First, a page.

Wells Fargo & Co.'s stiff penalty from the Federal Reserve over its unauthorized accounts scandal and other consumer abuses will continue into next year, the bank's chief executive told investors Thursday.
The Federal Reserve in February ordered the bank to stop growing its assets beyond $1.95 trillion — where they stood at the end of last year — until the San Francisco banking giant can show that it has improved its risk management operations and will not endanger customers.
The sanction was levied in response to a bevy of consumer abuses that have come to light over the past year and a half, including the bank's creation of perhaps millions of bank, credit card and other accounts without customer approval, and its practice of forcing some auto-loan customers to pay for unnecessary insurance policies.
The bank earlier had suggested that the Fed could lift the asset cap later this year, potentially after a September 2018 review. But Chief Executive Timothy Sloan told investors gathered for a day-long presentation in Charlotte, N.C., that the cap will probably remain in place into early 2019.
Last month, the bank submitted compliance plans to the Fed for review. Sloan said the agency responded with feedback on those plans. "To have enough time to incorporate that feedback," he said, "we're making plans to operate under the asset cap through the first part of 2019."
Sloan said he could not comment further on the matter because it involves confidential supervisory information.
Ken Leon, an equity analyst at research firm CFRA, said the longer the cap remains in place, the tougher it will be for Wells Fargo to manage it.
"They thought they'd be done by the end of the year," he said. "There is a disappointment that this will go into 2019, and we don't know for how long."
Sloan and other executives have said that the asset cap will not affect most of the bank's day-to-day operations or prevent it from making loans. Rather, they've said it would mean readjusting the bank's balance sheet.
Now that the asset cap is expected to last into next year, Leon said he expects the bank may have to make more changes, perhaps shrinking some businesses where it is not a major player — stock trading, for instance — so it can continue to compete in its core business areas, such as consumer and business banking.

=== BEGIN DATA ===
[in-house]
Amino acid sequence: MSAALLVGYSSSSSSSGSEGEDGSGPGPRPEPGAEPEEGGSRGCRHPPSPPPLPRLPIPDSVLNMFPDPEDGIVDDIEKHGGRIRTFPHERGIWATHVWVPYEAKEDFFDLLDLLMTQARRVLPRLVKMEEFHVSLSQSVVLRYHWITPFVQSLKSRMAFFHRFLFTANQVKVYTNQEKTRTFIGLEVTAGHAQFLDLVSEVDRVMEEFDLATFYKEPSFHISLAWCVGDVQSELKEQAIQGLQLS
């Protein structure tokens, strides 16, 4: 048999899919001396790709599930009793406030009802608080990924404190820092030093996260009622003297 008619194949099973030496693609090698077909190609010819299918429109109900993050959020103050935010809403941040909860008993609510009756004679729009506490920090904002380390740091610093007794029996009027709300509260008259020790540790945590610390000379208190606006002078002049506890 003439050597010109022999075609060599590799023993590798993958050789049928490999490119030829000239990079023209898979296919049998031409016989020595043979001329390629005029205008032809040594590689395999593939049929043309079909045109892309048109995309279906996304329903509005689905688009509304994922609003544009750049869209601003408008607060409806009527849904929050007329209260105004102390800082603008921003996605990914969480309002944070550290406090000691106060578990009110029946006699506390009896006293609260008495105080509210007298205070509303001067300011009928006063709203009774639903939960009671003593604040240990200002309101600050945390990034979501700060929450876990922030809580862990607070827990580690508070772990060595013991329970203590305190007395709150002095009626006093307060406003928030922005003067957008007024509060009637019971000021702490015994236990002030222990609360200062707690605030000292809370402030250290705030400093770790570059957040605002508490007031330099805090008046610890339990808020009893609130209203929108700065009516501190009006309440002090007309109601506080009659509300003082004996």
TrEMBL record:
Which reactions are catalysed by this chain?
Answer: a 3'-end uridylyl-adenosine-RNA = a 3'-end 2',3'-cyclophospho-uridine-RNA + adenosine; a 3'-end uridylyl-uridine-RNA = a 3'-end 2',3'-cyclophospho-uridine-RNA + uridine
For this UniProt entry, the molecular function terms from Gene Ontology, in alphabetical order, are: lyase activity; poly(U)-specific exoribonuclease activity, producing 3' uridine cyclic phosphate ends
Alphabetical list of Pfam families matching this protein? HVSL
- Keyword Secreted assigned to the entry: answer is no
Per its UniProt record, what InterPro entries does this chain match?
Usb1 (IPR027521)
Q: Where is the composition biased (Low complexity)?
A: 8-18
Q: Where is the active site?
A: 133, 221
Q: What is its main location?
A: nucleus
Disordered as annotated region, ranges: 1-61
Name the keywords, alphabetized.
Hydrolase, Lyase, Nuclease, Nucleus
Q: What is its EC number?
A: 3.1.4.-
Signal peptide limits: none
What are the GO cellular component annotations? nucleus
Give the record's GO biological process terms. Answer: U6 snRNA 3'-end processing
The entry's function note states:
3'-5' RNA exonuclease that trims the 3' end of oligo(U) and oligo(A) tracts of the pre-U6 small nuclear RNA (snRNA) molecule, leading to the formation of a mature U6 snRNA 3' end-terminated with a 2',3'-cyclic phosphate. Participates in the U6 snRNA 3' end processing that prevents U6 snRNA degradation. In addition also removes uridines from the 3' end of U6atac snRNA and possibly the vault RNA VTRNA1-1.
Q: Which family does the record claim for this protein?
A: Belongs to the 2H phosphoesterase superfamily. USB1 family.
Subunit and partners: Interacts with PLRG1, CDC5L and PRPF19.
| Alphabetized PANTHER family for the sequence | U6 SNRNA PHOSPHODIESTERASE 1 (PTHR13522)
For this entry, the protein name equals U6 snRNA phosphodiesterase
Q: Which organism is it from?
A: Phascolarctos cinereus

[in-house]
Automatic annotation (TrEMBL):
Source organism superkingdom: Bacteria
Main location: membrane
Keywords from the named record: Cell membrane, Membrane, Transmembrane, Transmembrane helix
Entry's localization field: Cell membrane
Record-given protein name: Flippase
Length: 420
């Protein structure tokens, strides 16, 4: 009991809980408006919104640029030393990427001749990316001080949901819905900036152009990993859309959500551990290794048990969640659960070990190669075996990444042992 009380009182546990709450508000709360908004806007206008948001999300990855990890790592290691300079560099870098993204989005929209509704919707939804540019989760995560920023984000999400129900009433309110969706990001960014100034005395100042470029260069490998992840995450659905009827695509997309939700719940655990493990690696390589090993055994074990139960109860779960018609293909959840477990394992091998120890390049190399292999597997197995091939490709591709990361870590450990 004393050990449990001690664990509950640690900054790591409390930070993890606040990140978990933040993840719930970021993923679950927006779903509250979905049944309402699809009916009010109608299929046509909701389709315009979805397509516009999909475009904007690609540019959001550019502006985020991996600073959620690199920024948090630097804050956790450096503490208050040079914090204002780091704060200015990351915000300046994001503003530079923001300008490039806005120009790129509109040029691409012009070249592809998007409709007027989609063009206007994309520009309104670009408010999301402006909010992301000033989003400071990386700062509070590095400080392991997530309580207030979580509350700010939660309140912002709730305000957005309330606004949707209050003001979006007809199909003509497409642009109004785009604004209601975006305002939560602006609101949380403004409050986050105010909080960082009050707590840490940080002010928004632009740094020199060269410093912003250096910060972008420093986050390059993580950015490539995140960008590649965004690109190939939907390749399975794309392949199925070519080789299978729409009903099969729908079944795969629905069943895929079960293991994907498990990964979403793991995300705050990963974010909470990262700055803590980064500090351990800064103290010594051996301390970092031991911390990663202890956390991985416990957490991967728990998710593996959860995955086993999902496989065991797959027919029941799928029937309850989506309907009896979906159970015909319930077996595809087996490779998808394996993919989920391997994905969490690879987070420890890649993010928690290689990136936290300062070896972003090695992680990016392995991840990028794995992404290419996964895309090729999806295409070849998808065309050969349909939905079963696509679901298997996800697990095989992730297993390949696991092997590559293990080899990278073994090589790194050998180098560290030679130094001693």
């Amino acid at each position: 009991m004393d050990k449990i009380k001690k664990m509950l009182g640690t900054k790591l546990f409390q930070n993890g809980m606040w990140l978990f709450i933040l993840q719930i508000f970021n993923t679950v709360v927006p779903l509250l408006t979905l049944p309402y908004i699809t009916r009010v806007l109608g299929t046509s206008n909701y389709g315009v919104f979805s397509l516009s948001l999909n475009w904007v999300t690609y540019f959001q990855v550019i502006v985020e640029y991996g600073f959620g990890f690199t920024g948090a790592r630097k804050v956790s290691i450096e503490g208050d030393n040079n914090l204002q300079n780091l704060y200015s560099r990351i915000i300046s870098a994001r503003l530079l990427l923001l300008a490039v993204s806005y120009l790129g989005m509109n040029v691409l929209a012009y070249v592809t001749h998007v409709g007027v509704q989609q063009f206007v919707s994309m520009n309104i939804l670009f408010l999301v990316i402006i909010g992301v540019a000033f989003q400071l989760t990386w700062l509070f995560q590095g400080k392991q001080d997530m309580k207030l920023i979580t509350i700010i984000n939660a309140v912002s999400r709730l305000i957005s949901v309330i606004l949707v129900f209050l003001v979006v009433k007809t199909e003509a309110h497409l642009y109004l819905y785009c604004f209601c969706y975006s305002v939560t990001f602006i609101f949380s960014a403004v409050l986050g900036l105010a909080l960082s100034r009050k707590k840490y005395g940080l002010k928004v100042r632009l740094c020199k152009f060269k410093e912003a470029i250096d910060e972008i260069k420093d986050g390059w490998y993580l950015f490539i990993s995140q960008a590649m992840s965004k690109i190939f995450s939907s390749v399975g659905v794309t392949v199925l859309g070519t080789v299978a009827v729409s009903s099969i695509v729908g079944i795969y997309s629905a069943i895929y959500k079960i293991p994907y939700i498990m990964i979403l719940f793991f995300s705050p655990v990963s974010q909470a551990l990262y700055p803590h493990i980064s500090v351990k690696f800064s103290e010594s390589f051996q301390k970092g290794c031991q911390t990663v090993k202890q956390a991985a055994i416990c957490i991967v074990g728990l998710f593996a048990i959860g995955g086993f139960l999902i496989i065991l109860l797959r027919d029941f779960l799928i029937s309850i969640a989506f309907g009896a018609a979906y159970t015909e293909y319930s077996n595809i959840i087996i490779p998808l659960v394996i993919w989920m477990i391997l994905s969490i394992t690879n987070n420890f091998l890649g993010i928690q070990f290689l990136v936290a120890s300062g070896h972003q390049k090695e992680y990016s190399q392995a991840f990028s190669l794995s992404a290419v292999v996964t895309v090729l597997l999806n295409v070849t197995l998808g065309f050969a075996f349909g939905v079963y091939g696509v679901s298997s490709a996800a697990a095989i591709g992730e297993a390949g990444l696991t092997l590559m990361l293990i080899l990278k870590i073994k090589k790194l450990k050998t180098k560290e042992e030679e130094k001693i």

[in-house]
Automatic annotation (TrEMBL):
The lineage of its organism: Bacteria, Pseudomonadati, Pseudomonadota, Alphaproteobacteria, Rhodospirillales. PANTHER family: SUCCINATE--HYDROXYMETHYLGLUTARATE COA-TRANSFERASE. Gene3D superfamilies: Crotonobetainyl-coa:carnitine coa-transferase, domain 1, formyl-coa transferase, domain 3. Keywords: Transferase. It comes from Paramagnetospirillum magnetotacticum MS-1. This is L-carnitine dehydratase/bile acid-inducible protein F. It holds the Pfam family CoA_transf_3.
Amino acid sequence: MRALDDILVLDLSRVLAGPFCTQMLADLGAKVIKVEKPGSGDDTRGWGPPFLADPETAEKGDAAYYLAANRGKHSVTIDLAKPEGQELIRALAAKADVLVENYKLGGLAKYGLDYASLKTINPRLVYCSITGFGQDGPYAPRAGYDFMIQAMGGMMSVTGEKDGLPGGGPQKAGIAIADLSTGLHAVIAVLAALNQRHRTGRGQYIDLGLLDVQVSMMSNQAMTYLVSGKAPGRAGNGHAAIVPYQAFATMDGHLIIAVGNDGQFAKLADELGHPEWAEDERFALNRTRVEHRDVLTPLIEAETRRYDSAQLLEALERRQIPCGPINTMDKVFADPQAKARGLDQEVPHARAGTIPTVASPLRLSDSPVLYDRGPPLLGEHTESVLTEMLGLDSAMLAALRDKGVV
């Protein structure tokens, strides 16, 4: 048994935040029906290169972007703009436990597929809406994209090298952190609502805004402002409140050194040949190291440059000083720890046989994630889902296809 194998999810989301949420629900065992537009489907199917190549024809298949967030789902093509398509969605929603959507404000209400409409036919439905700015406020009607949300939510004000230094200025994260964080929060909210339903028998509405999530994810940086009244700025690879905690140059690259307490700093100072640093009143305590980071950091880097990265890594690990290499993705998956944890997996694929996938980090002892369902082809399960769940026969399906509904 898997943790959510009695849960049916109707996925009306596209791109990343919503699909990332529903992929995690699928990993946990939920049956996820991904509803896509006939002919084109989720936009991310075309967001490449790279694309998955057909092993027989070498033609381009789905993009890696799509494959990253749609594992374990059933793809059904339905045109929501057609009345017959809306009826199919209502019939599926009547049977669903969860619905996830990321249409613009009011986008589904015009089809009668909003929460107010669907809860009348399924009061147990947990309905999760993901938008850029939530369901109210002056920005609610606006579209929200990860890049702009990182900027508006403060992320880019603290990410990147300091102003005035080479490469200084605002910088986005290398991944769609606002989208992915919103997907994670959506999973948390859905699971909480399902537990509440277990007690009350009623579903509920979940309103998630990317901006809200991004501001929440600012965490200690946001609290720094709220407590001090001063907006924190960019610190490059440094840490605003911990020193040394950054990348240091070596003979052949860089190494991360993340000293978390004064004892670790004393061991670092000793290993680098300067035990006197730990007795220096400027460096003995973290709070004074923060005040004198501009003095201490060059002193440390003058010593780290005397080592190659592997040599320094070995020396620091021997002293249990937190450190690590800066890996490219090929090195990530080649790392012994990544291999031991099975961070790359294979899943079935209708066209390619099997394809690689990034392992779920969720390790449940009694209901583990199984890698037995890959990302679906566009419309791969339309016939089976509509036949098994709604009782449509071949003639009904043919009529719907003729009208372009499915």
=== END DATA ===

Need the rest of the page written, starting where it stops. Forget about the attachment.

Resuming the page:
"I think they're going to really press hard where they're not a top-three or top-five player," Leon said.
The bank also revised its estimate for how much the asset cap would ultimately cost the bank in lost profit, saying that, despite the cap's likely longer length, the financial hit will be smaller than first expected.
In February, executives projected 2018 profit to be as much as $400 million short of where it might otherwise have been. On Thursday, Wells Fargo Treasurer Neal Blinde told investors he expects the hit will be more like $100 million.
The difference, he said, is that the bank's loan and deposit growth has been slower than earlier estimates. Since those initial estimates were made, the bank has faced a new round of bad headlines, in particular a $1-billion penalty handed down by federal regulators last month over the same consumer abuses underlying the Fed's enforcement action.
Leon of CFRA said the bank's continued reputation problems could be behind the slower loan and deposit growth at the bank. Blinde said that slower growth, paradoxically, has made the Fed's asset cap less costly in terms of lost profits.
In addition to the $1-billion penalty from the Office of the Comptroller of the Currency and the Consumer Financial Protection Bureau, the bank last week reached a $480-million settlement with shareholders who said they were shortchanged when the bank's stock plunged after the accounts scandal mushroomed in September 2016.
Wells Fargo this week launched a new advertising campaign aimed at repairing its image and highlighting steps it has taken to repay customers and change its practices.